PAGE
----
• Mary Hendrix, President and Scientific Director CMRC, Medical Research Institute Council Professor (Stem cells and cancer biology)
  • Robert Holmgren, Professor, Department of Molecular Biosciences (Cell-fate specification during development)
  • Phil Iannaconne, Deputy Director for Research-Basic Sciences, CMRC; George M. Eisenberg Professor of Pediatrics (Signal transduction and development)
  • Peng Ji, Assistant Professor, Pathology (Mammalian hematopoiesis)
  • John Kessler, Davee Professor of Stem Cell Biology (Regeneration and stem cells)
  • Michael Kluppel, Assistant Professor, Department of Pediatrics CMRC (Signaling and development)
  • Steven Kosak, Assistant Professor, Department of Cell and Molecular Biology (Nuclear Organization and Stem Cell Fate)
  • Tsutomu Kume, PhD, Associate Professor, Medicine (Cardiovascular development and stem cell biology)
  • Carole LaBonne, Associate Professor, Soretta and Henry Shapiro Research Professor in Molecular Biology, Department of Molecular Biosciences (Neural crest development)
  • Yong-Chao Ma, Assistant Professor, Departments of Pediatrics, Physiology and Neurology (Neural stem cell differentiation in development and disease)
  • Danielle Maatouk, Assistant Professor, Ob-Gyn (Chromatin remodeling and gene regulation of sex determination)
  • David McLean, Assistant Professor, Neurobiology (Development and plasticity of motor networks)
  • William M. Miller, PhD, Professor, Department of Chemical and Biological Engineering
  • Brian Mitchell, Assistant Professor, Department of Cell and Molecular Biology (Planar cell polarity and embryogenesis)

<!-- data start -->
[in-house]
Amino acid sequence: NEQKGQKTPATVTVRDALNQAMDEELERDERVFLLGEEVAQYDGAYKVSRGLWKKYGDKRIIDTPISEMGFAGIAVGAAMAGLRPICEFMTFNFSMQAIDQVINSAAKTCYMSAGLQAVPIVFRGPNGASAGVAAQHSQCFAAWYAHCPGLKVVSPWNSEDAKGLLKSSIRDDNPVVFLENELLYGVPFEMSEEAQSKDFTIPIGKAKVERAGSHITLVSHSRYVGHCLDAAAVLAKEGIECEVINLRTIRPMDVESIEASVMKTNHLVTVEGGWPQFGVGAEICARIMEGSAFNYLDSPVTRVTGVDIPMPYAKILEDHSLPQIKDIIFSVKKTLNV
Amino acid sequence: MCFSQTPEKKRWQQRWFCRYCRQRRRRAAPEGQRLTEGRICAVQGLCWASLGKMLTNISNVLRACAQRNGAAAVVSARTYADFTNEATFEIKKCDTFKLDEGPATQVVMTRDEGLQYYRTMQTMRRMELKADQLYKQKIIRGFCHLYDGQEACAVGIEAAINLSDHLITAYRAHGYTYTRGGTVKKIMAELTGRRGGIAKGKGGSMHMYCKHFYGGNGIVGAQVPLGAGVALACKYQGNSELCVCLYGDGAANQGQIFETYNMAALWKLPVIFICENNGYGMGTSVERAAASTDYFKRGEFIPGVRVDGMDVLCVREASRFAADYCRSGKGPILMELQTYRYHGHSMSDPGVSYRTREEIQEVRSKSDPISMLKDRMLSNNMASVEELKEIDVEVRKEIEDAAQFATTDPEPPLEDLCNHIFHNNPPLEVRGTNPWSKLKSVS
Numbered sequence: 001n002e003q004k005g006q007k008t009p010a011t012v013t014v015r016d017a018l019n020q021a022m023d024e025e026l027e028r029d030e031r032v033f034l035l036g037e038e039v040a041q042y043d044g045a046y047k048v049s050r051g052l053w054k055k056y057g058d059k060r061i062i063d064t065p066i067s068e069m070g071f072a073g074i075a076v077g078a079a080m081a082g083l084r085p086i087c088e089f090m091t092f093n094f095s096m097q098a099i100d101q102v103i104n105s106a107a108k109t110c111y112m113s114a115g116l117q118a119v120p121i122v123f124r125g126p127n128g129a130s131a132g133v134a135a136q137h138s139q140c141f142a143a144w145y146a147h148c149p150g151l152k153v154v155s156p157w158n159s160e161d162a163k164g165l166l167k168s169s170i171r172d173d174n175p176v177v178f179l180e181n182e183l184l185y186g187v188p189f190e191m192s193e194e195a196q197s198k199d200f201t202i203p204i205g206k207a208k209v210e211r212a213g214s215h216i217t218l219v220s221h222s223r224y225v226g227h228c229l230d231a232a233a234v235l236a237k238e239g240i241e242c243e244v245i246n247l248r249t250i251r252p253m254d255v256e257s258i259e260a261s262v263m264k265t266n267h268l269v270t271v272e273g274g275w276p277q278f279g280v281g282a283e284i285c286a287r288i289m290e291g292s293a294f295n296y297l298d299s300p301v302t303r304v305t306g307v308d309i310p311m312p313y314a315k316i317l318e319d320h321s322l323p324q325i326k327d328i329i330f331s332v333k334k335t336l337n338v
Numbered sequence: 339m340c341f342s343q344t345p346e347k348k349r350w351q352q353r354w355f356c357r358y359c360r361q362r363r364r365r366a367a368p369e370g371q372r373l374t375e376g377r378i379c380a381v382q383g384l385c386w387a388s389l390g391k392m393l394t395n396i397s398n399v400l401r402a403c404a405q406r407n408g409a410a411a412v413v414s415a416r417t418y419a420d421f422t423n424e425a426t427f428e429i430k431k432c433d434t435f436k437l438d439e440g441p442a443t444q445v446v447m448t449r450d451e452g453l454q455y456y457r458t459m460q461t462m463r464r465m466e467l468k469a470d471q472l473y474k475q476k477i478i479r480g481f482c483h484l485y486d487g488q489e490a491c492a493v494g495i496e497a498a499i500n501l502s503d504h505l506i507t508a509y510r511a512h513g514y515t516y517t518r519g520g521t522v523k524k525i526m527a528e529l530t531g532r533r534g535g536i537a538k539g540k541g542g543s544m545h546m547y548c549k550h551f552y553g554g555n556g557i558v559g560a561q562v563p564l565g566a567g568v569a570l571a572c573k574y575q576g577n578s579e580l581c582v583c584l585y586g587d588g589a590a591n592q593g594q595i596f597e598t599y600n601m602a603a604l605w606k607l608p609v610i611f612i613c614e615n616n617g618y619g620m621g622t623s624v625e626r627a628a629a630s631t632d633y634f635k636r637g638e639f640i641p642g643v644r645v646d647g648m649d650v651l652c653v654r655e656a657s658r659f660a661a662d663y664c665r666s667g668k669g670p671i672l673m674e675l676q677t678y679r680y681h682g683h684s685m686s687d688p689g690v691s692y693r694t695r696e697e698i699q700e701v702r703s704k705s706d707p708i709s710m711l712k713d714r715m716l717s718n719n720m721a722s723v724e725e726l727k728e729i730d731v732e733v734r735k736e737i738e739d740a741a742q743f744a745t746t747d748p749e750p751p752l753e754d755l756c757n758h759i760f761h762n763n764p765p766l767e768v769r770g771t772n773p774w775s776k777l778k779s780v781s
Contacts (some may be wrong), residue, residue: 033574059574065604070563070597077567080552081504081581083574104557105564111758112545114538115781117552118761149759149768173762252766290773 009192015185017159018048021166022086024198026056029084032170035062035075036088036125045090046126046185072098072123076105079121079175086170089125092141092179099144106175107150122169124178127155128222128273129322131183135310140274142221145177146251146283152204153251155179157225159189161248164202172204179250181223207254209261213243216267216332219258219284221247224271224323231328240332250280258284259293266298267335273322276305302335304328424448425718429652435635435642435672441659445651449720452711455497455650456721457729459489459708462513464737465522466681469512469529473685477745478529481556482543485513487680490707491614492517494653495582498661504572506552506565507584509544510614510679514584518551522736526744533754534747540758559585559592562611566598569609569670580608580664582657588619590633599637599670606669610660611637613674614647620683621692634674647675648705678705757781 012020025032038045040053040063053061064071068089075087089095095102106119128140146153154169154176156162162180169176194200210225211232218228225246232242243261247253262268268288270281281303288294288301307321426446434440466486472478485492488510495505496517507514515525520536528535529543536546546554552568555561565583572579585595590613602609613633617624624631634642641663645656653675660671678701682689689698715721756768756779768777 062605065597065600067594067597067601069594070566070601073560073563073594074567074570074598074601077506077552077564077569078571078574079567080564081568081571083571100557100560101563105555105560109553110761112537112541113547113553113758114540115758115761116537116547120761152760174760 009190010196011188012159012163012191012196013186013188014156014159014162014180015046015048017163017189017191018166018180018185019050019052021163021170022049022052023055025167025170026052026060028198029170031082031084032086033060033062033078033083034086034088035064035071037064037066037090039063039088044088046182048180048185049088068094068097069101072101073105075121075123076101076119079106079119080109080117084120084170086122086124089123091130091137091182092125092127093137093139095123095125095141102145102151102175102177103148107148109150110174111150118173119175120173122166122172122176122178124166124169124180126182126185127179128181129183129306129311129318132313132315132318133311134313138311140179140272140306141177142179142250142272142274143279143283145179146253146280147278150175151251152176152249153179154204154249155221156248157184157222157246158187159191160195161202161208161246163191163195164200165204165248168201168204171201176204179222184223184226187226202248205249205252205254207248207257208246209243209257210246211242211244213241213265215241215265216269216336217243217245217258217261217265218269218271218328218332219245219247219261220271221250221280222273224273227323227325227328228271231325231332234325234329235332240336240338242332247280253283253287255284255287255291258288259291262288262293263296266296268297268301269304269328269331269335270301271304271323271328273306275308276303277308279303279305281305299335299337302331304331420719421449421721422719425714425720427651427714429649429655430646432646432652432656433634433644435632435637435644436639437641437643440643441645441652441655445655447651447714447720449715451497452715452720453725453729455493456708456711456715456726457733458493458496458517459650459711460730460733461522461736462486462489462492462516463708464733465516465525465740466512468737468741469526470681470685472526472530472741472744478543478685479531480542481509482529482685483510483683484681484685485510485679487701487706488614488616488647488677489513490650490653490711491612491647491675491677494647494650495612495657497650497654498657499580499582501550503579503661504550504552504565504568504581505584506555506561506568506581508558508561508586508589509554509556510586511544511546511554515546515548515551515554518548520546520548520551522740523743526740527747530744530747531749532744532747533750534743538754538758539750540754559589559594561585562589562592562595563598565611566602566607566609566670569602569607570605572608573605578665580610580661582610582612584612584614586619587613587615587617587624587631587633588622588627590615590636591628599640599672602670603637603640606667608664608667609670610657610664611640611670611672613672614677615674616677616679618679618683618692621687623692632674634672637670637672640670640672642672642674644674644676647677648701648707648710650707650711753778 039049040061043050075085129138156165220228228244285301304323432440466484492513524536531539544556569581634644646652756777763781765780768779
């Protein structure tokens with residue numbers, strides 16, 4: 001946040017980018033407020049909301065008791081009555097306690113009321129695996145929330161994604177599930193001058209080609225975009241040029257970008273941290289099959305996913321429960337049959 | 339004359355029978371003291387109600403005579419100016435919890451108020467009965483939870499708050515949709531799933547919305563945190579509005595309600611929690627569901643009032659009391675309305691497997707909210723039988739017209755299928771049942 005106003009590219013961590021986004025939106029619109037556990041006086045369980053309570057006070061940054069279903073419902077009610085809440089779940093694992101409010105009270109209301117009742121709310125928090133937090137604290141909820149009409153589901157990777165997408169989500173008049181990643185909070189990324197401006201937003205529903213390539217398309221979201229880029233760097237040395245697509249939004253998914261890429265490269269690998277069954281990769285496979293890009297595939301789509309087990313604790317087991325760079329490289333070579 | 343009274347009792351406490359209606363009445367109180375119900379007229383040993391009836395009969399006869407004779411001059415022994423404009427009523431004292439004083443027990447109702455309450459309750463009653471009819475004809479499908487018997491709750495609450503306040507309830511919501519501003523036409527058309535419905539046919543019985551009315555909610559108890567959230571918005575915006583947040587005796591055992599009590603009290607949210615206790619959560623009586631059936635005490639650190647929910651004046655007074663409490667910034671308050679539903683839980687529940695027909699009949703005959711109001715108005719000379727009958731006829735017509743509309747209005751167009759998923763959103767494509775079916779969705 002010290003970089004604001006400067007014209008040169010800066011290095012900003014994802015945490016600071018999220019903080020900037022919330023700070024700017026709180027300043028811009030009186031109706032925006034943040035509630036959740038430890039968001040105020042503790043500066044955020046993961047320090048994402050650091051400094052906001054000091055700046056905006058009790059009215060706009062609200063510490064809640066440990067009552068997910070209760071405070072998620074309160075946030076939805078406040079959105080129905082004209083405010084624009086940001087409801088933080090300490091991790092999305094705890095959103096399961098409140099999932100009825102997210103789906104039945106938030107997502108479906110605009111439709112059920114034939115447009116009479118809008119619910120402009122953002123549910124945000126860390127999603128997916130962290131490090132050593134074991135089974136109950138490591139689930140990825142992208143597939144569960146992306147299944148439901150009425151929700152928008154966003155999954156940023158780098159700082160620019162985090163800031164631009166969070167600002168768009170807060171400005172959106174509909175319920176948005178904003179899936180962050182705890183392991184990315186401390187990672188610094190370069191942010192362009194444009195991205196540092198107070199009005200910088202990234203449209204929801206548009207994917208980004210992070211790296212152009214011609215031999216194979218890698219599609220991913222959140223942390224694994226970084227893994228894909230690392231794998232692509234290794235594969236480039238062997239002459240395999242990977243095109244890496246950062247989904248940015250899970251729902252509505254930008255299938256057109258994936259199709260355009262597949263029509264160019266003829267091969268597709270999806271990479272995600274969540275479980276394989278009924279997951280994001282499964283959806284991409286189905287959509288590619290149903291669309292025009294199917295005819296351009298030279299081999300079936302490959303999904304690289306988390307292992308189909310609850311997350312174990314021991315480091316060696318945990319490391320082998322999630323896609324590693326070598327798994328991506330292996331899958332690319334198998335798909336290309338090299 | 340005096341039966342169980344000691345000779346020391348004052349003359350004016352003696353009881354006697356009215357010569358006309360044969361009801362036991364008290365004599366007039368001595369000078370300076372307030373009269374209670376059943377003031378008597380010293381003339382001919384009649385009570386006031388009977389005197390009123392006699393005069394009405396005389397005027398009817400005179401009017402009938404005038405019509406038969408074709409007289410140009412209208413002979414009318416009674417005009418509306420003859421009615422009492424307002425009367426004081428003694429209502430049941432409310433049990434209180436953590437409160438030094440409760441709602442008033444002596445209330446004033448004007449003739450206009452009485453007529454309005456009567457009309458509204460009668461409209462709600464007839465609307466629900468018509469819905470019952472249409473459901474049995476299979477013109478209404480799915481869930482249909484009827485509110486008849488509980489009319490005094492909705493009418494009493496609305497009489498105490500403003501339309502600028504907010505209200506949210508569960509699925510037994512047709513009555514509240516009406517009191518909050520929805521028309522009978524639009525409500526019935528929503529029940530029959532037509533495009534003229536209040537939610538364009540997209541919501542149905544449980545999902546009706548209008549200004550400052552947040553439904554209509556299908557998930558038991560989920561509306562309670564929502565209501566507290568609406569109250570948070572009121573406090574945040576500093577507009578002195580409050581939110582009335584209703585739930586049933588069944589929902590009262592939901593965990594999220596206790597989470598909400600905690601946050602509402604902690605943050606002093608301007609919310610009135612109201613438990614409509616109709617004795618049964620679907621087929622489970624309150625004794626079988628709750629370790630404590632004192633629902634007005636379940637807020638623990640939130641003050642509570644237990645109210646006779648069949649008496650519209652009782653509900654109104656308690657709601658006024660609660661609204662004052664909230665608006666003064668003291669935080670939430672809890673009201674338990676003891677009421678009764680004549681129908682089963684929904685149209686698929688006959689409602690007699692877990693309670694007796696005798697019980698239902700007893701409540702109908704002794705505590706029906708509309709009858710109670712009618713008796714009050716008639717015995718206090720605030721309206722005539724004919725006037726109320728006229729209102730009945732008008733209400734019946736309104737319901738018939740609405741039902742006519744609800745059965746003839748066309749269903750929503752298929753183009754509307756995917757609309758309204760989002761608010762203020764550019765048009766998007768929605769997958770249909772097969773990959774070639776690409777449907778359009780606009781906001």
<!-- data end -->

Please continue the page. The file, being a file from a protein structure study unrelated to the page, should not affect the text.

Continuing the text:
• Richard Morimoto, Cook Professor of Biology, Department of Molecular Biosciences (Aging and Proteostasis in C. elegans)
  • Thomas O’Halloran, PhD, Professor, Departments of Chemistry and Molecular Biosciences
  • Christian Petersen, PhD, Assistant Professor, Department of Molecular Biosciences (Regeneration in Planaria)
  • Gangjian Qin, MD, Assistant Professor, Medicine (Stem cells and cardiovascular regeneration)
  • Hans-Georg Simon, Associate Professor, Department of Pediatrics CMRC (Development and regenerative repair of vertebrate limbs and heart)
  • Jacek Topczewski, Assistant Professor, Department of Pediatrics CMRC (Embryonic morphogenesis)
  • Warren Tourtellotte, Associate Professor, Department of Pathology (Gene regulation of neural development)
  • Xiaozhong (Alec) Wang, Associate Professor, Department of Molecular Biosciences (Development of the CNS)
  • Eric L Weiss, Associate Professor, Department of Molecular Biosciences (Signaling pathways in the control of cell architecture)